His prolific recording career and memorable stage performances allowed Harper to take his music beyond Australia. He’s played in the USA, Canada, Germany, Austria, Switzerland, Singapore, the United Kingdom, Belgium and France. He first started performing in the United States in 1996, and has toured here regularly since. It was on one of these tours that he caught the attention of Blind Pig, which made him their first international signing. With a home at a U.S. label and growing appreciation for his music from American audiences, Harper made the permanent move to the U.S. His animated shows have been well received at blues festivals, world music festivals, and by fans of jam band music.Harper has become a huge favorite on the world wide festival scene with 28 festivals booked in 2008, 30 festivals booked in 2009 and 32 festivals booked in 2010. It was during one of these recent festival appearances that Chip Eagle, Publisher for Blues Revue/ Blueswax enthusiastically offered "Harper is the most exciting act on the live scene today". He was also invited to perform harmonica on stage several times with the successful rock band "Journey".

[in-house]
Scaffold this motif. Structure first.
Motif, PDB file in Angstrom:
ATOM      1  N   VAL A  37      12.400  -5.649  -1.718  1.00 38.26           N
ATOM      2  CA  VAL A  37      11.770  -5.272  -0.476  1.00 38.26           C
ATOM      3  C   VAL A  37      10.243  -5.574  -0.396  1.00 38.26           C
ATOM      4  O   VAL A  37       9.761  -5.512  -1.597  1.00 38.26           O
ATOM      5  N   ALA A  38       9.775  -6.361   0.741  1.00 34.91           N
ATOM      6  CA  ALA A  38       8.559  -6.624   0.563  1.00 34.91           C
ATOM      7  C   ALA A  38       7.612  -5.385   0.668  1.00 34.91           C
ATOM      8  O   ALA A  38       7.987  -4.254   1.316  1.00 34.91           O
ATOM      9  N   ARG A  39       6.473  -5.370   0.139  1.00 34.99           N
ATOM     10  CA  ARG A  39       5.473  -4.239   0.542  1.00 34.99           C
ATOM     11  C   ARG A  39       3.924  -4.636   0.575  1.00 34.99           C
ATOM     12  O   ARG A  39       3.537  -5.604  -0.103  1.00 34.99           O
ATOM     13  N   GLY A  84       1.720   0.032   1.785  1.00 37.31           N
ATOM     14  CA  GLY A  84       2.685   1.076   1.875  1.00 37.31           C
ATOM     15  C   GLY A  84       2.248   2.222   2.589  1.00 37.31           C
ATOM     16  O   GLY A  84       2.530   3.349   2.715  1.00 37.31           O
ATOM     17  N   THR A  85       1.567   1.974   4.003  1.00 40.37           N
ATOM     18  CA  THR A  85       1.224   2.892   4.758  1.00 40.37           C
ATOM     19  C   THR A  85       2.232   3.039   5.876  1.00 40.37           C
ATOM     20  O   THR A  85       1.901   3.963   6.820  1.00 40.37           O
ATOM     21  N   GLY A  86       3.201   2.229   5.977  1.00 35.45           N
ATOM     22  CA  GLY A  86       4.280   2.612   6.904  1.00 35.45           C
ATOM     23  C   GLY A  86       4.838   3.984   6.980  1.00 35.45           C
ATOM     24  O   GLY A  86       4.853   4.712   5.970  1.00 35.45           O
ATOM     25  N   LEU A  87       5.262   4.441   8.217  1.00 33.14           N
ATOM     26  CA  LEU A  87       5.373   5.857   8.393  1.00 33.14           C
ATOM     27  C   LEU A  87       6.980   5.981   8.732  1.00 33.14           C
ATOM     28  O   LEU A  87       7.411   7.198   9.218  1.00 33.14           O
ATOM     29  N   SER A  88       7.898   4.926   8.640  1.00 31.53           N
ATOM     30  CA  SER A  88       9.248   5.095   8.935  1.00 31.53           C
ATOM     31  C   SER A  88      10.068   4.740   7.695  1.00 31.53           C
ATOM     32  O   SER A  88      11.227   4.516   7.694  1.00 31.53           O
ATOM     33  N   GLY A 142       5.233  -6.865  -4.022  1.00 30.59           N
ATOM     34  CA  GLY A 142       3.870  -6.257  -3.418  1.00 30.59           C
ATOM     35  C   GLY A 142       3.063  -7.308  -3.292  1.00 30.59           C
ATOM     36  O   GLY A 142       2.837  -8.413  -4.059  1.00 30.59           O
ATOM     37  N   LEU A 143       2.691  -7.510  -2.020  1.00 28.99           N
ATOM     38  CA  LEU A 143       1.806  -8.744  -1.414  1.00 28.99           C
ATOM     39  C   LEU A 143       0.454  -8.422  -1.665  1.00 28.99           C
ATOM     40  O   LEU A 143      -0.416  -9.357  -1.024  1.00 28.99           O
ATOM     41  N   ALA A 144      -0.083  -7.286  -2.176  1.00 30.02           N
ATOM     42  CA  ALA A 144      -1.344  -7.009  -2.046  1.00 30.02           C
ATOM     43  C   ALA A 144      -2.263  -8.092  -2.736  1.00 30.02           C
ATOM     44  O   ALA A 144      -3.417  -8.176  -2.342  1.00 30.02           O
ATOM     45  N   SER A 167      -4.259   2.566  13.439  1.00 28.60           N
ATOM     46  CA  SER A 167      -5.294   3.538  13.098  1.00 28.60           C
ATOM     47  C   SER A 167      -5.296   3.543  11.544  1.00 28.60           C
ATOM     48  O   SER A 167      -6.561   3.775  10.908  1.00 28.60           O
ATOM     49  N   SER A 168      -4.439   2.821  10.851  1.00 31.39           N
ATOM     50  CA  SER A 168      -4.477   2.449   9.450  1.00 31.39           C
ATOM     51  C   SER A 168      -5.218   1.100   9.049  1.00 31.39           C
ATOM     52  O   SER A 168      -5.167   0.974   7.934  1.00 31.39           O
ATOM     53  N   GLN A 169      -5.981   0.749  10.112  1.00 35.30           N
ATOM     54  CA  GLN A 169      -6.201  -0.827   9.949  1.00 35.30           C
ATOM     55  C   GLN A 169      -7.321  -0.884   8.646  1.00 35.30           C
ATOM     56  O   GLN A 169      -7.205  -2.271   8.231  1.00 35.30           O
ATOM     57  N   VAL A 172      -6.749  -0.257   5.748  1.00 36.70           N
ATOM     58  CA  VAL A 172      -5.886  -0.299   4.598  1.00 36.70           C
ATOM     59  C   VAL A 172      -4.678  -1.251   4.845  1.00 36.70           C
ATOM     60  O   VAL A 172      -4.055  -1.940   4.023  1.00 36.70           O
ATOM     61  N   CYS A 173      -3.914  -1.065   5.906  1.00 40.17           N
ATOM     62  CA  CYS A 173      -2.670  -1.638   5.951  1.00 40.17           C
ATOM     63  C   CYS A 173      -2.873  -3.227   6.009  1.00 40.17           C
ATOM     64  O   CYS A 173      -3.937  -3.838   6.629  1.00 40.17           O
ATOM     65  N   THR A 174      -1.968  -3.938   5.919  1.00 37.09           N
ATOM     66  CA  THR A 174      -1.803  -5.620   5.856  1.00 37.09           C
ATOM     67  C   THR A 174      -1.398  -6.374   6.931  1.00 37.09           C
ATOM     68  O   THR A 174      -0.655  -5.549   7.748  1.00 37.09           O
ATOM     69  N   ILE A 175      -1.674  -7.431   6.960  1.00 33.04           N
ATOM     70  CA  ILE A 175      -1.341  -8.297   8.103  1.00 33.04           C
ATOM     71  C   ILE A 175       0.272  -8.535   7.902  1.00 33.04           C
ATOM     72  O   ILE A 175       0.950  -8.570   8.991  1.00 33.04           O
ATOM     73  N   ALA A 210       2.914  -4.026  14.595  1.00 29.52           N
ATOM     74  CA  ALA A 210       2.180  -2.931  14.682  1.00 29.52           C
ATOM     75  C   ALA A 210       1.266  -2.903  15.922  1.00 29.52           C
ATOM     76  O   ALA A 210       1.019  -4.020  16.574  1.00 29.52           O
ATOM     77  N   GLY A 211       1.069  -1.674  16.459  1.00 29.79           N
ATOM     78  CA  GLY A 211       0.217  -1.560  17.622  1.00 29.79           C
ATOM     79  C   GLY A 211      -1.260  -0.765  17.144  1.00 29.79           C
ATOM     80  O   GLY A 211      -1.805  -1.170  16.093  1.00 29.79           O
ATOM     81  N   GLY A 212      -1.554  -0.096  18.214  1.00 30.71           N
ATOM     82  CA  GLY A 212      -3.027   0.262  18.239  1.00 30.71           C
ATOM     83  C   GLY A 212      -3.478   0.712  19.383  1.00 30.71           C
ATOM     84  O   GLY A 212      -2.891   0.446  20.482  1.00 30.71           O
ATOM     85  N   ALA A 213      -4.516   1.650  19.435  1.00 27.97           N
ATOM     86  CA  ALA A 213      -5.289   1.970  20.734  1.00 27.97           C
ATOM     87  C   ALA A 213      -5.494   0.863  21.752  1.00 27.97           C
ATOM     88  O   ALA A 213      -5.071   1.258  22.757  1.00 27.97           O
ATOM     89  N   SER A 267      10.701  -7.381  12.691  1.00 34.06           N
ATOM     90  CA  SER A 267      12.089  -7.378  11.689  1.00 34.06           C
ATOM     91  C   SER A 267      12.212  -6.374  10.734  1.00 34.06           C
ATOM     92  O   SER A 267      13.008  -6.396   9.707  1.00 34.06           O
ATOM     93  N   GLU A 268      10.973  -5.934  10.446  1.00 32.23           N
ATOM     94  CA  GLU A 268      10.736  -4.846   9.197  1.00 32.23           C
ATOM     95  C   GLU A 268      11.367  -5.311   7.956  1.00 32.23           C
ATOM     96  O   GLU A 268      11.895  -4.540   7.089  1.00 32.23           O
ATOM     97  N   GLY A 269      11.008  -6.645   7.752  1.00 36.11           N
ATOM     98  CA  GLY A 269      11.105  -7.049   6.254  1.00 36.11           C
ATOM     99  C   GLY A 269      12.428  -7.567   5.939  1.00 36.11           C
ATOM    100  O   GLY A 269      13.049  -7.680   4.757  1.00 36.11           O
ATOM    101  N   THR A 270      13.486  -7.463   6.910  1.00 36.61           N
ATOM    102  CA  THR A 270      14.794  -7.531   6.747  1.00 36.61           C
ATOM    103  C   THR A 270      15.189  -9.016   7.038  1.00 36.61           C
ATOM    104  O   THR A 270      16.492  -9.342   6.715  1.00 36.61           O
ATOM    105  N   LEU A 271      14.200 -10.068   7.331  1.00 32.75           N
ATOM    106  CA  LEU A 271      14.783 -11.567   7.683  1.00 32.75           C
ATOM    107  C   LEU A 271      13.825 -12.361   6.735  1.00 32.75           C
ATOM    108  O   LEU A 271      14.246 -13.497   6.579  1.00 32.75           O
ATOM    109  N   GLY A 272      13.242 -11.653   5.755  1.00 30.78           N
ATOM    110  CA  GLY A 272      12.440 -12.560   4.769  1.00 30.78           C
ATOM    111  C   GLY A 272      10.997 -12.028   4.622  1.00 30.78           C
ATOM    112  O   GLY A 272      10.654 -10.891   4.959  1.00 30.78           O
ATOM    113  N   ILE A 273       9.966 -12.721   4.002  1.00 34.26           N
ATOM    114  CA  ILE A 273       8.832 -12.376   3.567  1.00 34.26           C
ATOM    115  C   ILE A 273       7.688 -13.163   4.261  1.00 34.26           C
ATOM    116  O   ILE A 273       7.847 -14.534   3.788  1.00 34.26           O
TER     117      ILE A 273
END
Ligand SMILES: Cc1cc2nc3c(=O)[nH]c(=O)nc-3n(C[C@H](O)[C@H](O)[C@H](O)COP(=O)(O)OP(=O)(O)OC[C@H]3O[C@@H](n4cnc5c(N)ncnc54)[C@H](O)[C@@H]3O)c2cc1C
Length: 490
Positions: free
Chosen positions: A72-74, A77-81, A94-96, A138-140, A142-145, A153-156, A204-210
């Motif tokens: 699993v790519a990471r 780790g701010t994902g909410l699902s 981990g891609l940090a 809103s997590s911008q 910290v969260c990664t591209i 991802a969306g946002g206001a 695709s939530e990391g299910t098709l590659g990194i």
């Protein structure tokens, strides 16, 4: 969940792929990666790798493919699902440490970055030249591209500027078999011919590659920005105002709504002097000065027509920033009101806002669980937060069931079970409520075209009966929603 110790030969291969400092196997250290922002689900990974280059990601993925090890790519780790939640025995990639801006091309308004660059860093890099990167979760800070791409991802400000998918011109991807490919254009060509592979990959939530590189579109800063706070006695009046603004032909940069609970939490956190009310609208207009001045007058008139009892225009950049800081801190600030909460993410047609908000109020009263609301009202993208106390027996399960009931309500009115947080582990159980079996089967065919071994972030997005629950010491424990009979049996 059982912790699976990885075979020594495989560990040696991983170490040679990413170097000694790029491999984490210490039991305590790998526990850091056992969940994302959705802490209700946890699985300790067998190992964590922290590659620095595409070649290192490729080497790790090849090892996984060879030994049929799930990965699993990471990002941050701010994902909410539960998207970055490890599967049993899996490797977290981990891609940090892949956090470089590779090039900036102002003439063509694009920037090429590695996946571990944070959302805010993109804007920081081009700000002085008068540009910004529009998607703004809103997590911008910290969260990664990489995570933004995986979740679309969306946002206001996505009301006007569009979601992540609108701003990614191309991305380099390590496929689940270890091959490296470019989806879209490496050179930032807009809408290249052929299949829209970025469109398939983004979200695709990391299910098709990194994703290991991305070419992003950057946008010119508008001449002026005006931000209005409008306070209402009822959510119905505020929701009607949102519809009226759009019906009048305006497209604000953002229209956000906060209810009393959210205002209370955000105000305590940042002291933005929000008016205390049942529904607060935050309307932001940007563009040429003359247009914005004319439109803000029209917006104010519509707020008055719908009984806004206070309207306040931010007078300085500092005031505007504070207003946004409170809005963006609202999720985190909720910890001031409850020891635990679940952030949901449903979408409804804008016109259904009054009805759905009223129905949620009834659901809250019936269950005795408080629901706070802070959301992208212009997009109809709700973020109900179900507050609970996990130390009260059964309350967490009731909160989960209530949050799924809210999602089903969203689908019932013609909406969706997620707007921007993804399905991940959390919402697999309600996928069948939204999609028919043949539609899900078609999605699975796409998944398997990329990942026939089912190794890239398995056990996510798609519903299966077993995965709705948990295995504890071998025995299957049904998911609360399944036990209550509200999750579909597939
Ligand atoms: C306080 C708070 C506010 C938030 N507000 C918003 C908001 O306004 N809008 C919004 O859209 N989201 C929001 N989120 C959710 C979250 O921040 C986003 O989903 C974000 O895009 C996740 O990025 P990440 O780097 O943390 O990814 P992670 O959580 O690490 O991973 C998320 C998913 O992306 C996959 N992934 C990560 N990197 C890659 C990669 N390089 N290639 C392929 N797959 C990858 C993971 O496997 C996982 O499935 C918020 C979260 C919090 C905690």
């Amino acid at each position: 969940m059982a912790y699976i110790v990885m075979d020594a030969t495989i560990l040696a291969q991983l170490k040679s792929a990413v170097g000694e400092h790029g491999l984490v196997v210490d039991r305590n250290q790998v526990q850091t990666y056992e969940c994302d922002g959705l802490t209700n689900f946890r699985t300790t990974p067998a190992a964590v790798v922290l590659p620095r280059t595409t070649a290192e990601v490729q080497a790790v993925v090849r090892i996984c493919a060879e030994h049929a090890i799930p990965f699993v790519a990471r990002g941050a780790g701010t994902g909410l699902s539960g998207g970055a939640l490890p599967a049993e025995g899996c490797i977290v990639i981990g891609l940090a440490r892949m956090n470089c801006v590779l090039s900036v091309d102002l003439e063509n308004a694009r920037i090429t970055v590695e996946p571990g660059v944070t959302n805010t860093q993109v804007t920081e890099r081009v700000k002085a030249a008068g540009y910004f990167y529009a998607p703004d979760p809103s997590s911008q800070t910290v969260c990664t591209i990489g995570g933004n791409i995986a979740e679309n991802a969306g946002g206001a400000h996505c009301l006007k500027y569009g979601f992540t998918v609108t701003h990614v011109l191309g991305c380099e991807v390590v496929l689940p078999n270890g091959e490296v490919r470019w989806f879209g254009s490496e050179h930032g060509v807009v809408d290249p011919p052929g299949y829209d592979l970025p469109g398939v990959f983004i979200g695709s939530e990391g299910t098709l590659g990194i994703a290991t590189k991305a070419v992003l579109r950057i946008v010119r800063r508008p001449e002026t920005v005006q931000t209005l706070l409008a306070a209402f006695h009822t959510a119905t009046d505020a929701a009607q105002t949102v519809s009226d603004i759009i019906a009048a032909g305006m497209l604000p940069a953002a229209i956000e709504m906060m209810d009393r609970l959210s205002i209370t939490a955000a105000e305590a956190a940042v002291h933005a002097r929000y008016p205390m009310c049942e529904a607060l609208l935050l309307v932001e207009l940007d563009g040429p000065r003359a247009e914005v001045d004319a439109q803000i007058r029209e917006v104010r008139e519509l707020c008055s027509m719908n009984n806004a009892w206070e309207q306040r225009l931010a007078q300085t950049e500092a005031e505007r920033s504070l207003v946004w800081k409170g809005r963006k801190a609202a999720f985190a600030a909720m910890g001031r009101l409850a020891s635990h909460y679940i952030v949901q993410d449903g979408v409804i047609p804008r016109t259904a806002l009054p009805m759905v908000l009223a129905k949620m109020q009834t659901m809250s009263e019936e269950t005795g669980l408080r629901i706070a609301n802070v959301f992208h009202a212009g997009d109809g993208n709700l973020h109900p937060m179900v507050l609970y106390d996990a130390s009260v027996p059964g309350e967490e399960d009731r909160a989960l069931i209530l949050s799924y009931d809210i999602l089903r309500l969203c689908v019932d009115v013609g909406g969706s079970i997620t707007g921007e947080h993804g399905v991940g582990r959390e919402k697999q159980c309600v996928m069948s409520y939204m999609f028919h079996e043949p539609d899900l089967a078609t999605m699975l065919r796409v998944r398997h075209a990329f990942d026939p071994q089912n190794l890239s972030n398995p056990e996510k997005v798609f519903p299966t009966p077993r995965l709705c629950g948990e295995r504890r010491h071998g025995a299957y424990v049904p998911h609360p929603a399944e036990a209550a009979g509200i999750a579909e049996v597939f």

Harper’s first Blind Pig release and American debut, 2005’s Down To The Rhythm, won accolades from the press for its unique sound and virtuoso performances, coupled with Harper’s compositional skill. “Harper is a crack harp player and he plays the instrument with both speed and efficiency, but it would be a mistake to pigeonhole Harper as just an impressive instrumentalist. He is also a solid songwriter, and a soulful singer with a knack for impassioned sincerity,” said All Music Guide. BluesWax noted, “There is much to enjoy here: clever songwriting, top-notch guitar, powerful rhythms, and some great Harper harp!
”Harper’s second release from Blind Pig Records, Day By Day (2007), provided fans wih another prime example of why his unique roots music style occupies a category of its own. Ramble Magazine raved that Harper's harp and lyrics have " depth of feeling and thought that is unusual in today's music ..Harper's music is essential. It should be widely heard". Downbeat Magazine added "Harper uses his trump cards- a strong and direct singing voice, a stirring harmonica out of Sonny Boy Williamson 11 and Little Walter , a droning didgeridoo – to give his melodic tunes an excitement that suits his intelligent use of blues rock and soul forms". Blues legend John Mayall loved Harper's songs so much so, that he included " Just What Your'e Looking For" as track 2 on his new CD "Tough" (Eagle Records)